Cammy Bean closed her presentation on hot e-learning trends at CUNA’s Experience Learning Live! (ELL) in Las Vegas by proposing what she deems a “radical” idea for training and development terminology:
“What if we lose the ‘e’ in e-learning?” Bean posed. “Technology has become a natural part of what we do. I think we should just call ourselves learning professionals, and think about using technology in smart ways to support people on their career journey.”
Judging by Bean’s presentation—and feedback from the approximately 150 attendees, an ELL record—credit unions have embraced that philosophy by conducting live video training, creating secret Facebook groups for staff to build enthusiasm for new initiatives, conducting live polling during training sessions, and more.
Bean identified many trends, including these seven:
1. Searchable and discoverable video, whether housed on your Intranet or the Web. Tag your classes so they’re easy to locate, and provide employees iPad workstations or terminals that operate behind your firewall.
2. Responsive design, which facilitates training on multiple devices. The scroll bar used to be a dirty word, but swipe-based software has become the norm.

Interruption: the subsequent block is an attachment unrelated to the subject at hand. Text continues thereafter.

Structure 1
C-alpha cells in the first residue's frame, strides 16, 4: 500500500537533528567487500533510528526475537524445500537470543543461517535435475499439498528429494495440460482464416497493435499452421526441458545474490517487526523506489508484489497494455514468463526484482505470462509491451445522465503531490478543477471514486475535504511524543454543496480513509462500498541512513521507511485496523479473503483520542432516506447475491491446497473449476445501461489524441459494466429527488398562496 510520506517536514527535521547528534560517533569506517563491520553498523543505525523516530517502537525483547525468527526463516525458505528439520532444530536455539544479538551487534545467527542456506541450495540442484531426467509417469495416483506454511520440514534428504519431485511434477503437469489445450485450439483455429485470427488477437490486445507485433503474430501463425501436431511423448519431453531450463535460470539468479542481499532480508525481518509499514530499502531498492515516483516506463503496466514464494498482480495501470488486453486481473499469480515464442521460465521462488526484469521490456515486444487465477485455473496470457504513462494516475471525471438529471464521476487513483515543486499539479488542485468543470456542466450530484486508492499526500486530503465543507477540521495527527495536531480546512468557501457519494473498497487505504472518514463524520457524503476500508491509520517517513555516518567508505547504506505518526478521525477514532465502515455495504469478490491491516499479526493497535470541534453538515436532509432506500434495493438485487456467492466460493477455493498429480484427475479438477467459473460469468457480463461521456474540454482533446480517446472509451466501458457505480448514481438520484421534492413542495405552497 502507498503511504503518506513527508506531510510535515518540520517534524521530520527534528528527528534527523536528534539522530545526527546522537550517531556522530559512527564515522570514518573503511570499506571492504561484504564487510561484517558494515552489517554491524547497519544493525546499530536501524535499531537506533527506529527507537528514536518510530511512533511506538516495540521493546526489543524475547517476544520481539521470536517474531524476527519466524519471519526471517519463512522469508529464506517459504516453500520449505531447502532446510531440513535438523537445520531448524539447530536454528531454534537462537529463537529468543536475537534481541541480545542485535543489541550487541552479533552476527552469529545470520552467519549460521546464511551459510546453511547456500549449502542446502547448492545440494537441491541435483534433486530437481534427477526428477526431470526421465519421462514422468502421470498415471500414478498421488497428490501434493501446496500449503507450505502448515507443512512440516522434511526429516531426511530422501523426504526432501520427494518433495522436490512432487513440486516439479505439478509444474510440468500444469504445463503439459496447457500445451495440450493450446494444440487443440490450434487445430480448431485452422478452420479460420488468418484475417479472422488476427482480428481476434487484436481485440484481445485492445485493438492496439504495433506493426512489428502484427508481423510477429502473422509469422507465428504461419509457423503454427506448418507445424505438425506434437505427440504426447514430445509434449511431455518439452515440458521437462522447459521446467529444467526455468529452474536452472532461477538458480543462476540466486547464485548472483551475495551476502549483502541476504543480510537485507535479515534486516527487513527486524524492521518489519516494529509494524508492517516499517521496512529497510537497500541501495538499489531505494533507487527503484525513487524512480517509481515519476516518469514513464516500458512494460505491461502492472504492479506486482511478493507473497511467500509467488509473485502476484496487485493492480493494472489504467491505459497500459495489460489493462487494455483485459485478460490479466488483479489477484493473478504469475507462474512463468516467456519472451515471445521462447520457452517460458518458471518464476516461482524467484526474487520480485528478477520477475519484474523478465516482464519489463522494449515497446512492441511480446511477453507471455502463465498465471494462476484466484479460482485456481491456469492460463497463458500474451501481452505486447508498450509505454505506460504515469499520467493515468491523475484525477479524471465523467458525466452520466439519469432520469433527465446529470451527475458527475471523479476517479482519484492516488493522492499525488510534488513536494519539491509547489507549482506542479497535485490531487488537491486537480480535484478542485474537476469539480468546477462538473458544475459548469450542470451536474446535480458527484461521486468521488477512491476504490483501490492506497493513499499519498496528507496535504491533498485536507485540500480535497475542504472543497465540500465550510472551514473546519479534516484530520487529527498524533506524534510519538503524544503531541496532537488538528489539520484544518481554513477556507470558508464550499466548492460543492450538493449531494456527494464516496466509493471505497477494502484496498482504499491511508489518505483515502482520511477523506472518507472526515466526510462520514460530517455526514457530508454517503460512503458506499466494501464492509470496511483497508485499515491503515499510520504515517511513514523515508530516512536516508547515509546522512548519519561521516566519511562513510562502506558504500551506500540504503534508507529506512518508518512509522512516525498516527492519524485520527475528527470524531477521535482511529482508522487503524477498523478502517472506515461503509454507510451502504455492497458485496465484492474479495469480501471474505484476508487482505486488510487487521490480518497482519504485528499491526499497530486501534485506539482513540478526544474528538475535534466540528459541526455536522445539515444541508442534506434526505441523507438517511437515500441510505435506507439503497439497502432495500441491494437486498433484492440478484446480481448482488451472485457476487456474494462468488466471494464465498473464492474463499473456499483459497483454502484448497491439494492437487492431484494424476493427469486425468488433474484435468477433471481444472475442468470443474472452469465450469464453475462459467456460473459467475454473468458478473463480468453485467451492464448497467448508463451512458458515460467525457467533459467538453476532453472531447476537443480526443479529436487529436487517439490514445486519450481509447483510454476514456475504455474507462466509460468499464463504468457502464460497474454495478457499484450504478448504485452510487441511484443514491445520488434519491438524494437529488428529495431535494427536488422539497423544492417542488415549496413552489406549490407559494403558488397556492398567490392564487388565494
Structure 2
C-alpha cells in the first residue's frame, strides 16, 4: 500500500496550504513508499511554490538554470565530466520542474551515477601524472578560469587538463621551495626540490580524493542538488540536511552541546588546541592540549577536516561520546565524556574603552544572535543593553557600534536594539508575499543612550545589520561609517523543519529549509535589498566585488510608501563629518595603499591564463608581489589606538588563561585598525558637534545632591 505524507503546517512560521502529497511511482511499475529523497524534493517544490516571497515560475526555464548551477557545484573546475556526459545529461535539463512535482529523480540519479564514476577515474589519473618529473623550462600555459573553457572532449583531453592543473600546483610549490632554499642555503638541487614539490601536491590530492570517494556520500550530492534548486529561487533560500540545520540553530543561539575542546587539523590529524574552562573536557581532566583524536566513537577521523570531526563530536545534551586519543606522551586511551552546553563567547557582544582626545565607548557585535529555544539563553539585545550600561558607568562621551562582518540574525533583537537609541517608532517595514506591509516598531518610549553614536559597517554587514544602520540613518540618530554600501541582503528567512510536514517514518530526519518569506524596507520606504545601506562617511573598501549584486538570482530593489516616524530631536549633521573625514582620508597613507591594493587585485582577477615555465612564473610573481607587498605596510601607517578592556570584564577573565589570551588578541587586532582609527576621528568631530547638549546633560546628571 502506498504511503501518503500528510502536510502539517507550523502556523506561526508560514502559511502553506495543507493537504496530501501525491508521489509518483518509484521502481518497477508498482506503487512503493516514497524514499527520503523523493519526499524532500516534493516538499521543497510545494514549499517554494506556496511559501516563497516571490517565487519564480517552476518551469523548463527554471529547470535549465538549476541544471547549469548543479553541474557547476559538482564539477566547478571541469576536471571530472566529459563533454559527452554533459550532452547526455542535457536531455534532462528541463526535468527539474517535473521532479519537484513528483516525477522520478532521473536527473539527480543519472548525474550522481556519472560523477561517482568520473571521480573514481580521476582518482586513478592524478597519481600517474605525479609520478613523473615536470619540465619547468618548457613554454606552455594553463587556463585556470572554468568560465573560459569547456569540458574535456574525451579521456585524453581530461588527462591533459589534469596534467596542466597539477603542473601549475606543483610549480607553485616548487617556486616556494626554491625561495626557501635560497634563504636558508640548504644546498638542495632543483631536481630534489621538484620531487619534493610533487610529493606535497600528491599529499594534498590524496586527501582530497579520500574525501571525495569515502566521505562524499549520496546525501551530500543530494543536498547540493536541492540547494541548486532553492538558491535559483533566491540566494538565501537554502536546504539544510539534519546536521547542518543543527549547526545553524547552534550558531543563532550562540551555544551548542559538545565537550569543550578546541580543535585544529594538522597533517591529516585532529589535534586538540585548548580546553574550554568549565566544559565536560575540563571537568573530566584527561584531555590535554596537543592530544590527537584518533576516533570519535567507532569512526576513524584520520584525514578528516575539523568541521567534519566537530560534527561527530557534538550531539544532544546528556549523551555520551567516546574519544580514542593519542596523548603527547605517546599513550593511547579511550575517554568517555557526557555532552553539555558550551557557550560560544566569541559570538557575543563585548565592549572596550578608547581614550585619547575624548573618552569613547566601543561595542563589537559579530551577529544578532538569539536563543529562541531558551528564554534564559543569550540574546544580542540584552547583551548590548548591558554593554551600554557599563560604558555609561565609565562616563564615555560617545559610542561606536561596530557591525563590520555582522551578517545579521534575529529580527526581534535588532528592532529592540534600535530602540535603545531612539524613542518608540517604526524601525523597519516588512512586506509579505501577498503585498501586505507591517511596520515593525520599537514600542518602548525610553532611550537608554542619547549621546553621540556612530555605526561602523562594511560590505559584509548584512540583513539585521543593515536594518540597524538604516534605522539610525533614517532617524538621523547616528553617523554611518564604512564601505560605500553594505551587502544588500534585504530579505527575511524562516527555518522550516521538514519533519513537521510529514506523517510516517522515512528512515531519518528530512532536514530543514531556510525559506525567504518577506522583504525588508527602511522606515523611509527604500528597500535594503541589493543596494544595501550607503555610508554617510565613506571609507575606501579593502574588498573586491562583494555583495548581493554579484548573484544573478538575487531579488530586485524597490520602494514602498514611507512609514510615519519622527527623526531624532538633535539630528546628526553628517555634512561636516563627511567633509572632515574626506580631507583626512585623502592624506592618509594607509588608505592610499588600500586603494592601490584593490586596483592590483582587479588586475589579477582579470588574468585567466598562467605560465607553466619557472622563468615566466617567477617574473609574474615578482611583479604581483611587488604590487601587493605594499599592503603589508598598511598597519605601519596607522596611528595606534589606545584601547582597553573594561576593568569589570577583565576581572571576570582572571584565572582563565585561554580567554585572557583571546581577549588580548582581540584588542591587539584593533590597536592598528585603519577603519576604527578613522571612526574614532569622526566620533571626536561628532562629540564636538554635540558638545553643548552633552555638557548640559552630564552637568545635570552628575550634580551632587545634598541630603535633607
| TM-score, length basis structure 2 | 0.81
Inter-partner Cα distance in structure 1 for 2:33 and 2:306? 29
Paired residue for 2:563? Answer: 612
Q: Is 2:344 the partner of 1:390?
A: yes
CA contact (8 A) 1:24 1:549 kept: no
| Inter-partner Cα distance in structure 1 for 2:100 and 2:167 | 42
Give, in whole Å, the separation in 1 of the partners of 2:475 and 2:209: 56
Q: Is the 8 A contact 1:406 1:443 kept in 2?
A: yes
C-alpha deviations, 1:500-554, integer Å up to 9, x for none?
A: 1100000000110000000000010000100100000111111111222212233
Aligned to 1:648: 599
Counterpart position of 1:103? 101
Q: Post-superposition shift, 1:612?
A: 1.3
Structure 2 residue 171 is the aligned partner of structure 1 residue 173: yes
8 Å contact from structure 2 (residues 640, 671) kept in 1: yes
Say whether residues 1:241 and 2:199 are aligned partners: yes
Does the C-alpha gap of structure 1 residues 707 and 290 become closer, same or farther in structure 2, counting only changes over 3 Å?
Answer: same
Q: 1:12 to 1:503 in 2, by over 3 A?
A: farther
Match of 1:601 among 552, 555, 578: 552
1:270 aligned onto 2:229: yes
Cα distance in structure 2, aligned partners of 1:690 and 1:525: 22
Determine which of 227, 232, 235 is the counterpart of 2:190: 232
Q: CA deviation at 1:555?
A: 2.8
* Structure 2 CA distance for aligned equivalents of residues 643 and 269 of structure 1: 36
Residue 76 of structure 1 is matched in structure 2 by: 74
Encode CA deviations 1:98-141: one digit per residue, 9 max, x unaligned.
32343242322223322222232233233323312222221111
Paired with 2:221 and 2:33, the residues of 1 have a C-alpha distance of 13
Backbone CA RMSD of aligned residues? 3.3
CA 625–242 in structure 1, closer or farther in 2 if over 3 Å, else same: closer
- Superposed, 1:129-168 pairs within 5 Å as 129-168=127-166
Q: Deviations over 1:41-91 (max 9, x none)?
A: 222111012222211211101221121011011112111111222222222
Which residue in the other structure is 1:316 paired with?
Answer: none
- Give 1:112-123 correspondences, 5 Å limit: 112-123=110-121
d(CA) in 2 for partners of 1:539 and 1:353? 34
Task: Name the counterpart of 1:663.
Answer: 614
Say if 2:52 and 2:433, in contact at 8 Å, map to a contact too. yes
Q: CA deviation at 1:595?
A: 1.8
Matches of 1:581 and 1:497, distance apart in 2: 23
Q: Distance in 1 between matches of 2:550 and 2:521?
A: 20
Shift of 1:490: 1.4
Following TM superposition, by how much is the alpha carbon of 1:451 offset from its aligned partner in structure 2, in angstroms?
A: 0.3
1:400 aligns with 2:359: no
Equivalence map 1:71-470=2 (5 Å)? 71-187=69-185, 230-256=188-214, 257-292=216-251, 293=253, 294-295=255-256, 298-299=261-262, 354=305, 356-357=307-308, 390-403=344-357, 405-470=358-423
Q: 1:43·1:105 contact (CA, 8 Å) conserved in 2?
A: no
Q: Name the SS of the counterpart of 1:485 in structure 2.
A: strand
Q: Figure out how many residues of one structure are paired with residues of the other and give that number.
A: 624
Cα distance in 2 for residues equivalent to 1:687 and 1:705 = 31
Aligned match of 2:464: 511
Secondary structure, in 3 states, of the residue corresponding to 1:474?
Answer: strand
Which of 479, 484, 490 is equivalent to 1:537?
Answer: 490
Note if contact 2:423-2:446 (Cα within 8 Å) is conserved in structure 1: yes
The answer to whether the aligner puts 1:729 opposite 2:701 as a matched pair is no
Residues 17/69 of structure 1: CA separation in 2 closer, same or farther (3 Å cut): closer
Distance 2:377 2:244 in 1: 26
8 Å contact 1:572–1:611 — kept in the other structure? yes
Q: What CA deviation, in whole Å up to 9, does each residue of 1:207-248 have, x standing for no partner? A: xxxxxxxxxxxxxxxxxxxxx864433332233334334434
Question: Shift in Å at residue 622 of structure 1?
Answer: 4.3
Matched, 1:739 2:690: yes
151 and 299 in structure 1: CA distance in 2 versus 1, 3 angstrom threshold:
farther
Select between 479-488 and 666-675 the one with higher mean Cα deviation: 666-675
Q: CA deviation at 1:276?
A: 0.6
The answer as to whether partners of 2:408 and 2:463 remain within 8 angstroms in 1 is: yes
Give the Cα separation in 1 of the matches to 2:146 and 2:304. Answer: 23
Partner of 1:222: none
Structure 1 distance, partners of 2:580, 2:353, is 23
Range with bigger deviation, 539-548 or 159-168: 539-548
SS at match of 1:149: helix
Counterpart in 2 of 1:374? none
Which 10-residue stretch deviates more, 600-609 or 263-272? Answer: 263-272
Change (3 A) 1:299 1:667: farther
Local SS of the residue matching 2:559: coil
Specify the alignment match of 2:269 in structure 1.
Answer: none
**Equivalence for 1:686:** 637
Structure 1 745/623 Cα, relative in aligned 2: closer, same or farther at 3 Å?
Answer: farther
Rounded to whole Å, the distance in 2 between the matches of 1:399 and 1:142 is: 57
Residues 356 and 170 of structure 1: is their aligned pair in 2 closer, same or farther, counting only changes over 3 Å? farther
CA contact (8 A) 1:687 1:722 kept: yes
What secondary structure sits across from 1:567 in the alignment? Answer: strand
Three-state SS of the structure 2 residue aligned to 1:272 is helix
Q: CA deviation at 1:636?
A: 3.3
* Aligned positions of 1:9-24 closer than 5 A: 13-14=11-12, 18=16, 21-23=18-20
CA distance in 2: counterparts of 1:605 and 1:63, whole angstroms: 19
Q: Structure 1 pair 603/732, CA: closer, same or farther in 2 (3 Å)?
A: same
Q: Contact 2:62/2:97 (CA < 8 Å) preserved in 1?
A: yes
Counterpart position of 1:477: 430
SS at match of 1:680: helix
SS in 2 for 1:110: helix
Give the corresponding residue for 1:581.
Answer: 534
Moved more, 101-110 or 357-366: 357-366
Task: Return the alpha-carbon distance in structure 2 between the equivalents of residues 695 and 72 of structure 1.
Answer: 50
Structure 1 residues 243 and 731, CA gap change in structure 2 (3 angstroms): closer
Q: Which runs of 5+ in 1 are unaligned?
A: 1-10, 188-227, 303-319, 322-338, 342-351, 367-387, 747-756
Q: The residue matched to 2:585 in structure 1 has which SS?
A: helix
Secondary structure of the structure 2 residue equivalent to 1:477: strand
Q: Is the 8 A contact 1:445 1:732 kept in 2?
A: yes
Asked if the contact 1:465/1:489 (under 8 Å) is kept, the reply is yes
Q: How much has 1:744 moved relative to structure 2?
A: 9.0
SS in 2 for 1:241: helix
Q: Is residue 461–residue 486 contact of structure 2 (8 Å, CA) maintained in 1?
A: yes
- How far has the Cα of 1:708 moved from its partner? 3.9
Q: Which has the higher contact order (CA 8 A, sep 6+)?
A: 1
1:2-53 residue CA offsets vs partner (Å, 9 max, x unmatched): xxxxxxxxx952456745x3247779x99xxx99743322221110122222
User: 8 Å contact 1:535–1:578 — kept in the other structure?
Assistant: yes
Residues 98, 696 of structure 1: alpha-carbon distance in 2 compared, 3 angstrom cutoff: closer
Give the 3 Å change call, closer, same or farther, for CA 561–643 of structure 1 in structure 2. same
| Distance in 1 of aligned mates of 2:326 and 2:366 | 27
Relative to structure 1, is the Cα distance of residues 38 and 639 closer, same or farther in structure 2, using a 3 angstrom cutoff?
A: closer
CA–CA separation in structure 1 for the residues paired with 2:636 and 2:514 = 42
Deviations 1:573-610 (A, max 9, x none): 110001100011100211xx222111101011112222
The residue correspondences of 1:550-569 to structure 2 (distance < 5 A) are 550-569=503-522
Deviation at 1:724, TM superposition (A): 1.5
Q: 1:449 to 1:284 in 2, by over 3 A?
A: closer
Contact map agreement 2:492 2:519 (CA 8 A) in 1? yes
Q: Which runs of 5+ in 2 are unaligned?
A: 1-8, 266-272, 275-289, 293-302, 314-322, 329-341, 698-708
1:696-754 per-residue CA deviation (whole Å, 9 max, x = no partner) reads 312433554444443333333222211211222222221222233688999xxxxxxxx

3. Resurgence of video. Mobile phones and real subject matter experts can create a low-cost training video of equal or greater impact than the expensive, slickly produced videos of the 1990s.
4. Microlearning. Deliver content in small slices, because the novice learner doesn’t want to know everything—and spaced repetition is more effective than a knowledge dump. Host a series of “how to” videos instead of creating a 90-minute course, or present “three things you need to know” with a link to the in-depth guide.
5. Interactivity. Use small-group role play to test staff’s ability to respond to realistic, on-the-job scenarios.
6. Accountability. Develop checkpoints throughout a training regimen to ensure the employee and manager can track progress and knowledge retention.
7. No more ‘one-and-dones.’ Instead of hosting single training events, communicate sustained messages through many channels over a period of time.
Think about the effectiveness of the repetitive television public service announcements of the 1970s and 1980s—the Native American crying about pollution, or eggs frying in a pan to symbolize drugs’ effect on your brain.